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Rapid coronavirus response in Ukraine: from blouses to face masks

Santa Ukraina swiftly switches manufacturing following EBRD and EU support

Hundreds of fashionable dresses, blouses and skirts are the garments that textile producer Santa Ukrainausually manufactures and ships to European retail brands every day. But the coronavirus has transformed its work:

“We realised very quickly that now was the time to act,” explains Evhen Dyrdin, CEO of Santa Ukraina. “Our production was rapidly adjusted within a day to help resolve the shortage of face masks we face in our region and elsewhere in Ukraine.”

The EBRD supported Santa Ukraina with local expert advice two years ago. As a result, it became easier for the company to produce templates for its garments using IT software. In Ukraine, such advisory activities are funded by the European Union’s EU4Business initiative, Sweden, and the United States.

“We introduced modern CAD technology, which really was a game changer,” says

Evhen Dyrdin. “This means that we can quickly change our production and more rapidly and precisely manufacture garments as well. This technology proved instrumental in manufacturing face masks.”

The real heroes

Cases of coronavirus infections continue to grow in Ukraine, as with elsewhere in the world. Santa Ukraina’s workers were on board to help in this emergency situation. They volunteered to stay after hours and have already produced some 70,000 high quality face masks for both medical and private use, including for workers’ families.

The company donated some of the face masks to medical workers, elderly people and low-income citizens in Pervomaisk, located in the Mykolaiv region.

The rest are sold on wholesale to local enterprises and civil service institutions such as the police and municipalities, who purchase them for their employees. The sale price was set at cost price with no margin added, so they are available at a fraction of the price compared to those available in pharmacies.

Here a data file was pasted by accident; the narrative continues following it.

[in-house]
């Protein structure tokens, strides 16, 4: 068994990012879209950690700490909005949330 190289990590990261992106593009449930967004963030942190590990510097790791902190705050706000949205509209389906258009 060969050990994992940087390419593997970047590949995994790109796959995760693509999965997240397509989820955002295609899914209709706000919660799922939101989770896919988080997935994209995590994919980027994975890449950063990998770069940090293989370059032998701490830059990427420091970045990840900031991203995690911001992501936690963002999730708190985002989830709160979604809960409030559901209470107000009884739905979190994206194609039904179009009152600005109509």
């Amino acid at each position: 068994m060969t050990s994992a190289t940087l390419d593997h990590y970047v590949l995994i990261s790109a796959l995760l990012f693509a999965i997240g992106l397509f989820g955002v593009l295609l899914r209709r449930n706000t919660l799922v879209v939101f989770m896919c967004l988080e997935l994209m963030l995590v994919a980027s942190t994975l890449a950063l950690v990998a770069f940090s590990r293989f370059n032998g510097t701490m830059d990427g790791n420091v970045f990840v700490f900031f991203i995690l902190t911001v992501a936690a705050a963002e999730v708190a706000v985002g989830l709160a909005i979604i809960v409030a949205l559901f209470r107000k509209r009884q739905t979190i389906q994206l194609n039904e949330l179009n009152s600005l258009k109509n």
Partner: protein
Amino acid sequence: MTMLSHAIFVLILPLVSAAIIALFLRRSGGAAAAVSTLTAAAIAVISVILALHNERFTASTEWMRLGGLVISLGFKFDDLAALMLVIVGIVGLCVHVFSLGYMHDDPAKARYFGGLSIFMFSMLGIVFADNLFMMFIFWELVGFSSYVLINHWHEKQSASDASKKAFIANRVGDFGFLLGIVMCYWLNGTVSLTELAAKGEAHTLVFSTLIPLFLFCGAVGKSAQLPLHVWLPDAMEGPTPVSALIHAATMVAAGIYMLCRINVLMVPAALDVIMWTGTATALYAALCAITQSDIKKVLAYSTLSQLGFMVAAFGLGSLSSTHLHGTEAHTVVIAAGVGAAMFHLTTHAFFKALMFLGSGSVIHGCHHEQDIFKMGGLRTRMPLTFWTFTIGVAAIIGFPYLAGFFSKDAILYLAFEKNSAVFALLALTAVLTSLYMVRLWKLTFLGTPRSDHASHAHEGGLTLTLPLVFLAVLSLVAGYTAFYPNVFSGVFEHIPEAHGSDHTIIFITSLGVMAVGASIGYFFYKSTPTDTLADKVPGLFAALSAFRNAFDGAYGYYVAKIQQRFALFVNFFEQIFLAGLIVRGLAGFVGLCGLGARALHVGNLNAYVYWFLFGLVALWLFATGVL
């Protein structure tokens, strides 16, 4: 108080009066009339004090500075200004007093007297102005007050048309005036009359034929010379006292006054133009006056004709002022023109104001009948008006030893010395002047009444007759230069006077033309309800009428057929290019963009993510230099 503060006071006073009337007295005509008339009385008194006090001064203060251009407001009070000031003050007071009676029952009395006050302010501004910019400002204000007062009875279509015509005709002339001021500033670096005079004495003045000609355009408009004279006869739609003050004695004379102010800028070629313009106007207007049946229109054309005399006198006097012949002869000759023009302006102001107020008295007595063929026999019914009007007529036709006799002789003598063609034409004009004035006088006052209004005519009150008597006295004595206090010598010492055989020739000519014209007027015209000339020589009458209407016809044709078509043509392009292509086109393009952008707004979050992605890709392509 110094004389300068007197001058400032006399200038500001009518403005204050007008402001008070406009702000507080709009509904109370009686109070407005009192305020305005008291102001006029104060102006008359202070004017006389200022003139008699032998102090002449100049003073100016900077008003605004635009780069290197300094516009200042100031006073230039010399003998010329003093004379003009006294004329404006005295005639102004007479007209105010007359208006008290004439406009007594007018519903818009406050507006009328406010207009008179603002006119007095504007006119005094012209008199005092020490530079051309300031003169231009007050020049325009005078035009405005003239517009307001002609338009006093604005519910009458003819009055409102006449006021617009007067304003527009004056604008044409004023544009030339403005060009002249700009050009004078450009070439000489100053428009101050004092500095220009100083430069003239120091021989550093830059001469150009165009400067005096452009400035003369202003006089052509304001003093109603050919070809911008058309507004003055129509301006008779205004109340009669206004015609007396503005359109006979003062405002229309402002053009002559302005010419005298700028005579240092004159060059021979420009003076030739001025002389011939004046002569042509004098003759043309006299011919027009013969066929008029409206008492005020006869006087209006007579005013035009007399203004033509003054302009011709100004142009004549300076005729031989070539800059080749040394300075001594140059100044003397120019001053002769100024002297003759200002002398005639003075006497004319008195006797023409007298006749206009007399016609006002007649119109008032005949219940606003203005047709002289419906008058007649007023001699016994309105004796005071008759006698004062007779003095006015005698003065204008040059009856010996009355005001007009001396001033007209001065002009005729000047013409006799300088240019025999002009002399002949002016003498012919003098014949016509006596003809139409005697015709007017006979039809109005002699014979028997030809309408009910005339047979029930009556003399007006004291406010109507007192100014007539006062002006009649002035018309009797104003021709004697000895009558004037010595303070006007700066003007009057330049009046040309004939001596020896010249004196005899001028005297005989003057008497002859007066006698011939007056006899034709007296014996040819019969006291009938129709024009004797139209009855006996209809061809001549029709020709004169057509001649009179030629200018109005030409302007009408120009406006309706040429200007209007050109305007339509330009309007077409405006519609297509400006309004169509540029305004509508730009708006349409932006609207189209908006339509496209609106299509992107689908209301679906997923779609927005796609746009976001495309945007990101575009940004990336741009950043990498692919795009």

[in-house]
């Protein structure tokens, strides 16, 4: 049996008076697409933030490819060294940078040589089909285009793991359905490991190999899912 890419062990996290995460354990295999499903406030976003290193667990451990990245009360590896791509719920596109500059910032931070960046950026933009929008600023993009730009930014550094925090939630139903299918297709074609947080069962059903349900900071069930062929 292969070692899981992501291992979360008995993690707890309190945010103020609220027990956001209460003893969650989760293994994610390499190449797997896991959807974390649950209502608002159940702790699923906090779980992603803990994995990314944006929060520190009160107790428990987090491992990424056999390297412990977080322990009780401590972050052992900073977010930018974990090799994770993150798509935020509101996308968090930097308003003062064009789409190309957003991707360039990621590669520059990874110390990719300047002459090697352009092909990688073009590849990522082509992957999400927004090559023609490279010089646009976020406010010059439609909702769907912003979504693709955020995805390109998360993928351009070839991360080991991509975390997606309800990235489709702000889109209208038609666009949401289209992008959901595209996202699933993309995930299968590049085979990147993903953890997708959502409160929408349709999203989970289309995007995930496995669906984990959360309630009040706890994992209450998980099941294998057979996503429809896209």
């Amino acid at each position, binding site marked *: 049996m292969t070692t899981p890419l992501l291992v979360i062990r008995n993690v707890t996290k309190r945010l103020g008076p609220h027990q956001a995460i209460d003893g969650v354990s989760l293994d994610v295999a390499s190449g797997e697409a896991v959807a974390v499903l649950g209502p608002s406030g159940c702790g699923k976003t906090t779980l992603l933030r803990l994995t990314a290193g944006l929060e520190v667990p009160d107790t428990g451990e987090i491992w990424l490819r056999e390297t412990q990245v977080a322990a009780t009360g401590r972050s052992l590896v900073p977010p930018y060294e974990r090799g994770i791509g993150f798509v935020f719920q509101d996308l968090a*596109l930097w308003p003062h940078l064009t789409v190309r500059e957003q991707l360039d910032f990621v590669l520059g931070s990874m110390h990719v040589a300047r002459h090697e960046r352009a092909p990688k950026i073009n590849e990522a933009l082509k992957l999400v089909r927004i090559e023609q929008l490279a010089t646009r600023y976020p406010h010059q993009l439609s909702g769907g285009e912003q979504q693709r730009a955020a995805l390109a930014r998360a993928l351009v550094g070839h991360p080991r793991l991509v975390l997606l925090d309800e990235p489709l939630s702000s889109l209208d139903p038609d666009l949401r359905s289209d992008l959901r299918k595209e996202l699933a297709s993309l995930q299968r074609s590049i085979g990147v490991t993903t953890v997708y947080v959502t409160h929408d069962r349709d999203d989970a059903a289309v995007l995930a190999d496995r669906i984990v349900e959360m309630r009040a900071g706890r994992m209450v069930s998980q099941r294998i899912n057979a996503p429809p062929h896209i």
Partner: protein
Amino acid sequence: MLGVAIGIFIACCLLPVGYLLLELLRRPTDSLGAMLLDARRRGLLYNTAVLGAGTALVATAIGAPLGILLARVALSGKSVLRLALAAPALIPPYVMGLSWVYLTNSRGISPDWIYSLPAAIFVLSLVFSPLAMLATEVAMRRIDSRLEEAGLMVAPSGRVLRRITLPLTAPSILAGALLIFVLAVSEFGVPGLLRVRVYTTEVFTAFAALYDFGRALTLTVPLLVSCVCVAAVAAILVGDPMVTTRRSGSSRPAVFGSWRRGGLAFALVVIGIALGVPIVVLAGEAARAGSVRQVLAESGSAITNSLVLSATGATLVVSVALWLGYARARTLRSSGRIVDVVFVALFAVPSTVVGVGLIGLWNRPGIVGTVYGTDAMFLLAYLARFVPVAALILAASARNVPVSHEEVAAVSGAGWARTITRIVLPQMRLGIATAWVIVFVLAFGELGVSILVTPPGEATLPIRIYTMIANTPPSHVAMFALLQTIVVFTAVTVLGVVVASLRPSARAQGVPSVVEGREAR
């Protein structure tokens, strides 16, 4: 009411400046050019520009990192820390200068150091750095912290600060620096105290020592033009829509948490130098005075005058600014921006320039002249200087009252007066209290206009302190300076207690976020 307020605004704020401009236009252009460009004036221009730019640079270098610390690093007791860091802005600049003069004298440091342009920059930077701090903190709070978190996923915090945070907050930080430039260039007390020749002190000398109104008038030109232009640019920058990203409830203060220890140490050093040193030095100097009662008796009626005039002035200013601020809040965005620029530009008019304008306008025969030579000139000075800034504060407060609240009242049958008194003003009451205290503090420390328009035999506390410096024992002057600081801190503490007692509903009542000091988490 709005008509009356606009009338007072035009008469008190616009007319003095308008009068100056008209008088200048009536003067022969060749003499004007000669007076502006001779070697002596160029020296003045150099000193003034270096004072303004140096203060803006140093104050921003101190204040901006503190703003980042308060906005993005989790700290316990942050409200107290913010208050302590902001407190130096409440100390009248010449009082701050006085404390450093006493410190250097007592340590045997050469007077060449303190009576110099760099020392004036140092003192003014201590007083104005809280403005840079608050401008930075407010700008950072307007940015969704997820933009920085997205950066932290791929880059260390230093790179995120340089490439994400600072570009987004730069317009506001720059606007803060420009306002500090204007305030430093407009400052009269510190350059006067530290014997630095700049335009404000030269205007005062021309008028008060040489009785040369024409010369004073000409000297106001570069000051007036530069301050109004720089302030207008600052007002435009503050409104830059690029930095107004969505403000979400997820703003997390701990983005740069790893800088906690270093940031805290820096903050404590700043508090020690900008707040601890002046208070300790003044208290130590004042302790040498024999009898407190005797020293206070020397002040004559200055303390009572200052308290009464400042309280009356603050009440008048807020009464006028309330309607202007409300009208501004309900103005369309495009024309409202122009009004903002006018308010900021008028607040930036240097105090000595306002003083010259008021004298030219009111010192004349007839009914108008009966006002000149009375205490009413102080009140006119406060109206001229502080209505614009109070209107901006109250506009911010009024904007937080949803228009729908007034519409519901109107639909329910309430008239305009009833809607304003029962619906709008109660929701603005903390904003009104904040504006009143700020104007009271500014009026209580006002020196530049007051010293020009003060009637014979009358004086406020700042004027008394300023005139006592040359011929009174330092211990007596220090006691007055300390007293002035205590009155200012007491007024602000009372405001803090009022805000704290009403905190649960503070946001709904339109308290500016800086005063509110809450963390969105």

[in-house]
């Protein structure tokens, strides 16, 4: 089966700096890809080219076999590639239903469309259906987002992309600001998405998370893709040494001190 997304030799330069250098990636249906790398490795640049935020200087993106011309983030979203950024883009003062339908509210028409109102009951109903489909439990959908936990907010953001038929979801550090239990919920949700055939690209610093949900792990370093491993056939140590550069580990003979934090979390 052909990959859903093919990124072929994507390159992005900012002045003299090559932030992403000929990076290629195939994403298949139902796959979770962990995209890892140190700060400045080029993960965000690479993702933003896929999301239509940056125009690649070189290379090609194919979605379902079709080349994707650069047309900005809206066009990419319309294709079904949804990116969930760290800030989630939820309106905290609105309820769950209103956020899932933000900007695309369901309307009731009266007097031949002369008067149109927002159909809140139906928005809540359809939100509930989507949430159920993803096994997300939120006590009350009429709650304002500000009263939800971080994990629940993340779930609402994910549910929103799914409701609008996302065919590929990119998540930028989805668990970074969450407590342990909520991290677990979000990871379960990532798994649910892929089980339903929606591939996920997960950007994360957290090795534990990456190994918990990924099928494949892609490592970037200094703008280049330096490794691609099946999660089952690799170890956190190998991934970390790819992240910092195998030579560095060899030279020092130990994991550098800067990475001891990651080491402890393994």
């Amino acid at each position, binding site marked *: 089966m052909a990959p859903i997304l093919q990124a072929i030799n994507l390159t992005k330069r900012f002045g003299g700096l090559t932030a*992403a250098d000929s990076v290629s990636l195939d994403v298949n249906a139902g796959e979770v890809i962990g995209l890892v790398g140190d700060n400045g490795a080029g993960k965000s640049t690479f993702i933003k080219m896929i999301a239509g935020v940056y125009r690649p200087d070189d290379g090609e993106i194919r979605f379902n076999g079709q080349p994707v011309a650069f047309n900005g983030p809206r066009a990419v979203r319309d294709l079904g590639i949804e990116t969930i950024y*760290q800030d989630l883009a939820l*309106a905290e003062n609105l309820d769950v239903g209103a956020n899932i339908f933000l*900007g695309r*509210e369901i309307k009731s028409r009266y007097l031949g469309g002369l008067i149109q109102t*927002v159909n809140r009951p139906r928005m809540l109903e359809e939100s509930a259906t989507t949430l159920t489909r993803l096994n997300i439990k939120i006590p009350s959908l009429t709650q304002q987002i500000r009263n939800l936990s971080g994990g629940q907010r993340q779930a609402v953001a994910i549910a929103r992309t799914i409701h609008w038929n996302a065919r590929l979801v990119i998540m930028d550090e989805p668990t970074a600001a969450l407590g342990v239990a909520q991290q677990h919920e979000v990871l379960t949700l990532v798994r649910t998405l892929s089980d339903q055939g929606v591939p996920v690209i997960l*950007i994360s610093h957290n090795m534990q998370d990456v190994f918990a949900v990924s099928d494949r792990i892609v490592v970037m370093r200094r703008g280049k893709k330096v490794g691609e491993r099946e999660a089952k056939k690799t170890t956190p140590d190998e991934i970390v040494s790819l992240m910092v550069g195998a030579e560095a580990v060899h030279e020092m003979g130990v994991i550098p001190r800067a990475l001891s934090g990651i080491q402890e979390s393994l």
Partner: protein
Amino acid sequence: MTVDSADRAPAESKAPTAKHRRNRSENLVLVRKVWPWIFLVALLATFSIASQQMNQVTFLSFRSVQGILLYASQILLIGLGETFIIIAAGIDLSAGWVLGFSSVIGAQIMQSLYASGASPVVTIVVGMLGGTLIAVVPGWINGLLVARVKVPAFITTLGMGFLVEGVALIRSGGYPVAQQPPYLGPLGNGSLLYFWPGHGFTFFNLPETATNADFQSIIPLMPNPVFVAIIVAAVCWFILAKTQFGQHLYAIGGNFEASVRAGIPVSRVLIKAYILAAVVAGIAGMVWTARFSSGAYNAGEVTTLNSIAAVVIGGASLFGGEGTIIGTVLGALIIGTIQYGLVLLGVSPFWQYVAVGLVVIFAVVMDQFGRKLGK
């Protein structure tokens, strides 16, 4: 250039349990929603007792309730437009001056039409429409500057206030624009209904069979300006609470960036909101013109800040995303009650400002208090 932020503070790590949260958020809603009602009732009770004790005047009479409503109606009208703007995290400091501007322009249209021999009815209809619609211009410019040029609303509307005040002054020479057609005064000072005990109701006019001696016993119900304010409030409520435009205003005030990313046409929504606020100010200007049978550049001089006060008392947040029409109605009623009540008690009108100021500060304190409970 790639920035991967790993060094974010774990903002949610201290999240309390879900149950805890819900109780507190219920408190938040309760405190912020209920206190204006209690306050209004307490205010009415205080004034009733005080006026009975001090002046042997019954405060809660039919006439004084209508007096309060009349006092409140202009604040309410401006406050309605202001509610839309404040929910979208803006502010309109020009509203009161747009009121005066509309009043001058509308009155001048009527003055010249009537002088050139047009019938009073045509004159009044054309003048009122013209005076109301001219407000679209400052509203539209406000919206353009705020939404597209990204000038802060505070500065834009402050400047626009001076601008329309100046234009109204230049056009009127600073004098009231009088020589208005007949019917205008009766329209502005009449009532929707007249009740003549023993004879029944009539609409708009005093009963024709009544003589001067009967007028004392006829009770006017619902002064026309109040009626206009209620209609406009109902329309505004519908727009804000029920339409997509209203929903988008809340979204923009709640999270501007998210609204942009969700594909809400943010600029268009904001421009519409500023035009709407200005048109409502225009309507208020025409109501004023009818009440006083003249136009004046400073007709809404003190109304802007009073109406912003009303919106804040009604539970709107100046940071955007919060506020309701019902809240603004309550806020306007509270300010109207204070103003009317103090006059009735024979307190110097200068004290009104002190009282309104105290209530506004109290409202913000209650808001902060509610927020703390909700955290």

Face masks are in such high demand that manufacturers cannot keep up with producing the quantities needed. It is flexibility of the workforce and production methods which helps to ease this pressure, as Santa Ukraina’s example shows.

“It was really a matter of pride and a feeling of unity with other citizens for me and my colleagues to be able to do this. These are worrying times for many of us. We did this to play our part in supporting our local community during these difficult times,” says seamstress Oksana Bondar, who alone produces 400 face masks a day.

Covid-19 solidarity package

From Morocco to Mongolia, the EBRD has supported its clients in becoming more competitive and adopting innovative digital solutions over the years.

It also launched an emergency €1 billion Solidarity Package of measures to help companies across its regions deal with the impact of the coronavirus pandemic. This is an initial response to the crisis and the Bank stands ready to do more if and when needed.

The Bank also backs the Team Europe initiative led by the European Commission, which aims to provide support to partner countries during and after the Covid-19 crisis, including humanitarian and health initiatives as well as support to overcome the social and economic consequences of the pandemic.

At Santa Ukraina’s factory, the production of its usual garments is still ongoing, with the necessary health precautions applied. The partial switch to producing face masks has instilled a sense in everyone that the company will tackle whatever short or mid-term challenges may arise.

“We realise that these are times which are completely out of the ordinary,” says Oksana Pastushok, Chairwoman of the Board. “We are very confident, however, that our company is in good shape. Producing the masks is only one example of how flexible we are and how quickly we can adjust to the even most adverse circumstances.”